Is There Anything Wrong With Virtual Sex?

Is There Anything Wrong With Virtual Sex?
May 29, 2017

It was first imagined as science fiction, and for a long time, it was roped alongside hoverboards and time machines as a distant, futuristic dream. But now virtual reality (VR) is slowly seeping into the tech-lover’s collection, and one very specific genre is on the precipice of going mainstream. Porn. 


In 2016, Playstation, Facebook-owned Oculus Rift, and the lower cost Google Cardboard all released virtual reality headsets. And - surprise, surprise - the conversation has quickly turned to sex. Porn is already leading VR innovation.The question is less, will it happen, and more what the impact will be if it becomes more appealing than porn that doesn't require a headset. 


For all the fascination it holds, VR is still in its Nokia 3310 stage. The porn industry, though, is full of innovation. After leading the way with internet cash transactions, it has turned its sights on the immersive experience of VR. In fact, virtual porn is already available for consumption on some adult sites, and it’s becoming rapidly more popular. It has grown by 250 per cent over the last year, faster than any other category. Unlike passively watching a film, virtual porn offers additional options such as zooming in, and even Bluetooth synchronisation.


A Newcastle University study published this month, titled ‘“They’re Just Tixel Pits, Man” has investigated the potential impacts of VR porn, and found that it might come with a few health warnings beyond just motion sickness. When the researchers discussed a hypothetical situation involving a virtual porn user, participants were split on whether his experience was wonderful, or "too perfect" - and degrading to women. 


Research lead Mathew Wood said that for some participants, VR “meant pushing the boundaries, often with highly explicit and violent imagery”. With no limitations, virtual porn has the potential to be more addictive and violent.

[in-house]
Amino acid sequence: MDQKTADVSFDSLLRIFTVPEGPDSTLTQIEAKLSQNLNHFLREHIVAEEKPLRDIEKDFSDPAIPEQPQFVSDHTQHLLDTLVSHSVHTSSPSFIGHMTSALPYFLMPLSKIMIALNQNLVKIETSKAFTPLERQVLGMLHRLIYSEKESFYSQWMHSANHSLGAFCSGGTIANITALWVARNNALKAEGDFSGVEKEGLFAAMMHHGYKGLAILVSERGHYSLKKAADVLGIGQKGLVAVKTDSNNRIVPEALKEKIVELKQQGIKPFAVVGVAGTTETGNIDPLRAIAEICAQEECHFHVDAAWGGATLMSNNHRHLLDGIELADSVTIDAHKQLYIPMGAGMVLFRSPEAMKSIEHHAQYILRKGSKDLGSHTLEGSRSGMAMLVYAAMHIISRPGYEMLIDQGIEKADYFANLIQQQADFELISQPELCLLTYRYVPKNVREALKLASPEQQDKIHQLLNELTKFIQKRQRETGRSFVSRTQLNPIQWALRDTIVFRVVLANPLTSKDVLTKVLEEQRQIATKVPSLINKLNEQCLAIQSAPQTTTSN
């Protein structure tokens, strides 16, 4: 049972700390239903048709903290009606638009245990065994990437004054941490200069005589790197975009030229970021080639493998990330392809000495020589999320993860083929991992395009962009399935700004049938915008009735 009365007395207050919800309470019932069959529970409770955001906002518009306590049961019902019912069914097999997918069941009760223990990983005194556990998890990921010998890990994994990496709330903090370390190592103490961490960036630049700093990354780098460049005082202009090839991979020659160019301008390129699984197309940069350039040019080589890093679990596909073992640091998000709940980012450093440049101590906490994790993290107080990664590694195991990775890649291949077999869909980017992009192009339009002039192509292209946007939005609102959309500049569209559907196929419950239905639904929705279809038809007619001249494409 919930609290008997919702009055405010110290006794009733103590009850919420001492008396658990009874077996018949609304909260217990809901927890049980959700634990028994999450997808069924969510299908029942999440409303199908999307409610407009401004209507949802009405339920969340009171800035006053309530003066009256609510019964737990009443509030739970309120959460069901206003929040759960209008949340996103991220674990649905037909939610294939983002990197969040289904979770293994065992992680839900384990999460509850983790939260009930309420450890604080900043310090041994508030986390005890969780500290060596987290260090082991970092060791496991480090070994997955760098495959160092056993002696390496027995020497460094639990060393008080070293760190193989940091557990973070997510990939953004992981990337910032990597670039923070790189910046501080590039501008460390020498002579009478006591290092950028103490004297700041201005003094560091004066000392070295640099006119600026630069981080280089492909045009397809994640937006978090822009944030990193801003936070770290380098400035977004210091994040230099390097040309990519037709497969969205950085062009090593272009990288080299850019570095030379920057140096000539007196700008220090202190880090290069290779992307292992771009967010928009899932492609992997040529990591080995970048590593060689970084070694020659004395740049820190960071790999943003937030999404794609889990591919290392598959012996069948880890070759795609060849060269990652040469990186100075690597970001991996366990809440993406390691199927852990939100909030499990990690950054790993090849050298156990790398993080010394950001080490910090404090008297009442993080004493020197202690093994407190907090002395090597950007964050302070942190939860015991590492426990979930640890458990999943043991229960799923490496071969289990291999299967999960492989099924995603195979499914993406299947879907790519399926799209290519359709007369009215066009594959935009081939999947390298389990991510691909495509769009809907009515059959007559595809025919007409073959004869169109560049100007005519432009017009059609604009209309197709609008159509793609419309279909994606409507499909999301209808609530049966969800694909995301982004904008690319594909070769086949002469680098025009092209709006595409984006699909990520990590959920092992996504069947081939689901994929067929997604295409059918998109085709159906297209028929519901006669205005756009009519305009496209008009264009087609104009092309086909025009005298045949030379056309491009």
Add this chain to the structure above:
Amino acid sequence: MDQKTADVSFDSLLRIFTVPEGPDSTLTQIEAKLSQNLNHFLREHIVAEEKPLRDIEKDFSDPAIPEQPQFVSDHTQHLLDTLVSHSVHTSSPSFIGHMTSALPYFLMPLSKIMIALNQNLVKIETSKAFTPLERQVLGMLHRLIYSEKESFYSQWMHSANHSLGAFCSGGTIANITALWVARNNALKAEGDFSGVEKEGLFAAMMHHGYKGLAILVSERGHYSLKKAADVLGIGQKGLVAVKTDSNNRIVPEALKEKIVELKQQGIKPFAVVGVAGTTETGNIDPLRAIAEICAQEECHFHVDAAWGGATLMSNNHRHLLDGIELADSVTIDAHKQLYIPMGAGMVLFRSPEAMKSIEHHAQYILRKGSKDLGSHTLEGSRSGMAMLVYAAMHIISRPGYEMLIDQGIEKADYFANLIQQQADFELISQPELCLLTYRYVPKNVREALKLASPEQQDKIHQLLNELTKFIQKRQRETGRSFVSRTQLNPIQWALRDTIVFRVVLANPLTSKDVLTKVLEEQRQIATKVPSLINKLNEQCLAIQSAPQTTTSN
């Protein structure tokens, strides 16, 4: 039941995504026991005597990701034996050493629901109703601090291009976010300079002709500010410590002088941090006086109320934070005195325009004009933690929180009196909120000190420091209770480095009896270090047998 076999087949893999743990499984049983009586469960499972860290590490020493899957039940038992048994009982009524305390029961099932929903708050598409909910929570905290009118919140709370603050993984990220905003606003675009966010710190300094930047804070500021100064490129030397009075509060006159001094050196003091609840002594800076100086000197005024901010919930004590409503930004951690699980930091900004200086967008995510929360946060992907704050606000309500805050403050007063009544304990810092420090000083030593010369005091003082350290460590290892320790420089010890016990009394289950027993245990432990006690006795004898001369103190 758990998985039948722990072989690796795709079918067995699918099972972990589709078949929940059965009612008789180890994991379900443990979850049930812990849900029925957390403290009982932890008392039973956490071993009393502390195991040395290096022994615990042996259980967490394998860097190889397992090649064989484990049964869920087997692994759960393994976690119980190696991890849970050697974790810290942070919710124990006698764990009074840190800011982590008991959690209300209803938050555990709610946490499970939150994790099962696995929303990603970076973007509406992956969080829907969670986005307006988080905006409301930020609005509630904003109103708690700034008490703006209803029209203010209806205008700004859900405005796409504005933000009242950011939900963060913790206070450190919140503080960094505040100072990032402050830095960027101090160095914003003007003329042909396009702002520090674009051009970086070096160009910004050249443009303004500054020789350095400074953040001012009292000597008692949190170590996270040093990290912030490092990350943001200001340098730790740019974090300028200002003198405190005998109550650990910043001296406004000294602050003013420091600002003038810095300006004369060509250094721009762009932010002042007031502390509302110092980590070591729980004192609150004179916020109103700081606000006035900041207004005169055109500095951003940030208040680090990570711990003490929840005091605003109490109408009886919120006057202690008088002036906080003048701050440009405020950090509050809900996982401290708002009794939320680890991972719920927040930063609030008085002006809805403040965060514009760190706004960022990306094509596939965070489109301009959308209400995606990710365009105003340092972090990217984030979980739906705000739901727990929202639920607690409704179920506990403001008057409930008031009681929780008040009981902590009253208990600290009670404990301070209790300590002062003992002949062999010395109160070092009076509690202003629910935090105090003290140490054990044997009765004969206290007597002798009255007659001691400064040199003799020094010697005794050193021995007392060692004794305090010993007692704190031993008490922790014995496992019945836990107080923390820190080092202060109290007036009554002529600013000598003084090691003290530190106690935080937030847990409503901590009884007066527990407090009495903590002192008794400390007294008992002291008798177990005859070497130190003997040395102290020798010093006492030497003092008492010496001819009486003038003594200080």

“We know from current research into pornography that exposure to this content has the potential to become addictive and more extreme over time,” Wood said.


After reading the participants’ stories, the researchers also warned that VR porn also raises concerns of consent. A user could create a VR version of their partner and “do things [they] would refuse in the real world”. It could also widen the possibilities of revenge porn by allowing users to make and share 3D models of former partners.


Because virtual porn users can be participating in the sex scene, as opposed to simply being voyeurs, the researchers believe virtual porn could be viewed as closer to infidelity than regular porn. 


Wood told me: “VR changes the experience of pornography - generally from third person to first person. This could be thought of as cheating, but whether this would be more so than watching pornography more widely we'll have to wait and see. Reports on the development of VR pornography are that they can be powerful experiences, and arguably could add a new element to sexual relationships, good or bad.”


As Wood suggests, the endless possibilities of virtual porn could lead to more experimental ideas of sex. For example, virtual reality could allow a male user to assume a female role, and vice versa. Wood believes VR could offer more emphasis on the “relational aspects” of sexual experience by focusing more on sensory, narrative-driven experiences. And playing a more active role could make users feel more responsible if they use violent or non-consensual content. Wood said, “Empathy is a huge factor in developing VR experiences, and I think it could foreseeably have a role if experiences were designed in certain ways."


But being so immersed in another world also has risks for users who may be unhappy in the real one. Psychosexual and relationship therapist Sarah Calvert has argued that some people use porn as escapism from an unhappy life, and unhappy feelings could be exacerbated on returning to their unchanged reality after going into a virtual world.


And when you’re in someone else’s body, if that body happens to be closer to the widely accepted ideal, it could leave your ego wounded. Cavert told the BBC that the self-esteem of young people in-particular could be hit if they use VR and look down to see “ripped abs” and a “big penis”. The trip back to reality, she said, could be damaging.


Porn already comes with downsides, including addiction, unrealistic expectations and the turbulence it can cause in relationships. VR porn could heighten these risks, just as the experience itself is intensified.


Wood said that, through his research he found that, for most people, VR porn “opened the doors to an apparently ‘perfect’ sexual experience – a scenario which in the real world no-one could live up to”. But as his study suggests, perfection may not be quite as blissful as it sounds. 

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